IS may fall but genocide against Ezidis will never be forgotten
ERBIL, Kurdistan Region (Kurdistan 24) – While the Islamic State (IS) continues to shrink in Iraq and Syria, the jihadist group's crimes do not go unforgotten, particularly the genocide committed against the Yezidis (Ezidis) in northern Iraq.
On Aug. 3, people in the Kurdistan Region commemorate the anniversary of the fall of Sinjar (Shingal) at the hands of the jihadist militants.
Three years ago, IS launched a genocidal campaign against Ezidis in Sinjar (Shingal) carrying out mass executions, kidnappings, and rape.
Nearly 5,000 Ezidi men were killed while thousands of children and women were taken into captivity.
According to accounts from victims who managed to escape with their lives, IS created a slaver's market where they would sell the women as sex-slaves.
The extremist group’s attack on the Ezidis in August 2014 sparked the start of the US-led coalition air campaign in Iraq to support Kurdish Peshmerga forces advancing on the ground.
Shingal was successfully liberated from IS three months later when Peshmerga forces declared victory in November 2014.
Thursday marks the third anniversary of the genocide committed by the militant group. Many Ezidis, however, are still suffering from the crimes IS committed.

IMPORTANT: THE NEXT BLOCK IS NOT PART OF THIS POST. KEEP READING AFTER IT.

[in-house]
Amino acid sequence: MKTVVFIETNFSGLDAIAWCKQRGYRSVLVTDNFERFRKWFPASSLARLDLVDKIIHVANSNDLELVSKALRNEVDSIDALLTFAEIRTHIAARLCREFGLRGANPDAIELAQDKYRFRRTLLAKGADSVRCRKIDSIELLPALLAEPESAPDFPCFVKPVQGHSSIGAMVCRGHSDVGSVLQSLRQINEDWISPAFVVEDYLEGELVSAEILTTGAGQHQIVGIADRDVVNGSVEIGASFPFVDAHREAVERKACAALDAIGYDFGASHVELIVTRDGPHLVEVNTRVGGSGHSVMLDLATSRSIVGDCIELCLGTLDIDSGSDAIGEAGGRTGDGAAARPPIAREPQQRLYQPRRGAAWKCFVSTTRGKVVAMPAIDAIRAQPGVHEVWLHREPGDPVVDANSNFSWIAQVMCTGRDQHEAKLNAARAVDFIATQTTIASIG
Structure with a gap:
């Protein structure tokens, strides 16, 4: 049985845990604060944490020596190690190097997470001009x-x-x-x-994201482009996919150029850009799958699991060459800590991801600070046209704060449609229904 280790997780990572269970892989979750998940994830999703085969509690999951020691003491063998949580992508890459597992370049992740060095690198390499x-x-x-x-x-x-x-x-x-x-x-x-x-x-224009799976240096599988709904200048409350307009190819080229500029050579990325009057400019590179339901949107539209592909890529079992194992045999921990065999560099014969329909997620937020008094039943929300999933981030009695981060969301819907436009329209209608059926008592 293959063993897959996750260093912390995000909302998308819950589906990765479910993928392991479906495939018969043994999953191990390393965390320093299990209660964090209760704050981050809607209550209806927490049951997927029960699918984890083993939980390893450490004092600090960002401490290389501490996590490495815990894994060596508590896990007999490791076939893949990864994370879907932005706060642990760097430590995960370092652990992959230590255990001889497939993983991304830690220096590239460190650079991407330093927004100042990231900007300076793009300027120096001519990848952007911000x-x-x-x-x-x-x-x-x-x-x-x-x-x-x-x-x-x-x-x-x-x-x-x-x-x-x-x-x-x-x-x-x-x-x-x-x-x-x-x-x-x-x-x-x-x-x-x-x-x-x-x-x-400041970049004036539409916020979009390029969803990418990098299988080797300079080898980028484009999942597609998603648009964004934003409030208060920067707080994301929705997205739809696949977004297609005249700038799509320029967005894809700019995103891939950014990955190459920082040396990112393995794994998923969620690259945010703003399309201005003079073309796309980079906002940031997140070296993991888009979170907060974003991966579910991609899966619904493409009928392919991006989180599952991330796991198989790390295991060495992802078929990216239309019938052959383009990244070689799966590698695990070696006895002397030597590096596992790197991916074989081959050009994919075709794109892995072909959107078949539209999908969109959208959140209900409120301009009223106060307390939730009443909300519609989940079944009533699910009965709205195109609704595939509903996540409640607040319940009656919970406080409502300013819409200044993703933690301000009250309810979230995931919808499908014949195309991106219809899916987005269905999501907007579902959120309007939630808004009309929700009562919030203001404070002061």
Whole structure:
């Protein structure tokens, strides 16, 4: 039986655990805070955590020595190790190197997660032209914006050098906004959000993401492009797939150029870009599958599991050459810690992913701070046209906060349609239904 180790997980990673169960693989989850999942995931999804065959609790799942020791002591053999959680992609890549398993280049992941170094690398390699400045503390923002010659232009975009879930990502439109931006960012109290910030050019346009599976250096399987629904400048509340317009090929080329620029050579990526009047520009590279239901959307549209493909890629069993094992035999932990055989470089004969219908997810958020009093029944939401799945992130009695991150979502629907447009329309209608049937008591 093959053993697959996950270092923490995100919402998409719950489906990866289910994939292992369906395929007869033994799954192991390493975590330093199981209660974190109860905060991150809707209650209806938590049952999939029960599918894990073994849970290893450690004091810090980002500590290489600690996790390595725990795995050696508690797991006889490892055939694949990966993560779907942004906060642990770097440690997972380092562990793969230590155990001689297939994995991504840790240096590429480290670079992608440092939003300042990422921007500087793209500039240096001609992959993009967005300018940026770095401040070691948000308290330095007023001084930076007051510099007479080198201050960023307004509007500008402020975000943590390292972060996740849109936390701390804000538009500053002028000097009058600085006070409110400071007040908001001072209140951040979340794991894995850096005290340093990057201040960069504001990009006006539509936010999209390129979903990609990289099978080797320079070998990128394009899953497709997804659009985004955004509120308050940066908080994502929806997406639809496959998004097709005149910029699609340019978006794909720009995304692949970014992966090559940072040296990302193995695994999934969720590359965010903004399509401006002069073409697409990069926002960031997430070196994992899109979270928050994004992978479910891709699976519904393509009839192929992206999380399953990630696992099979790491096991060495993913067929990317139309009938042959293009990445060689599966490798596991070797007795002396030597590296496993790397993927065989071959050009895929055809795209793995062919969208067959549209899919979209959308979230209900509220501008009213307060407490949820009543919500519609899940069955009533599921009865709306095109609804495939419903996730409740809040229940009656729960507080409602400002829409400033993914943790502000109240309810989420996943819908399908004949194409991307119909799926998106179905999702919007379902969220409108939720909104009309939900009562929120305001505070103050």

Speaking to Kurdistan 24 at the Sharya Camp in Dohuk in the Kurdistan Region, a woman recounted the moment her family was taken from their home by IS militants.
“IS kidnaped my children and husband,” she said. “I only wish to see them again.”
The elderly Ezidi woman said she was still suffering from a back injury she incurred when she leaped in front of an IS van driving away with her family.
“When the militants kidnapped my family, I jumped in front of the van to try and stop them,” she explained.
Ezidis are a religious minority in Iraq who combine elements of Islam, Zoroastrianism, and Christianity in their beliefs.
They have repeatedly been persecuted by former Iraqi governments, but the ongoing genocide committed by IS is one of the worst in their history. Few families have been able to return to their homes in Shingal region.
According to the United Nations High Commissioner for Human Rights, over 1,600 women and girls remain in IS captivity while nearly 1,700 men and boys remain missing.
Moreover, security forces are still uncovering mass graves, especially in Shingal where at least 44 were discovered.
Editing by G.H. Renaud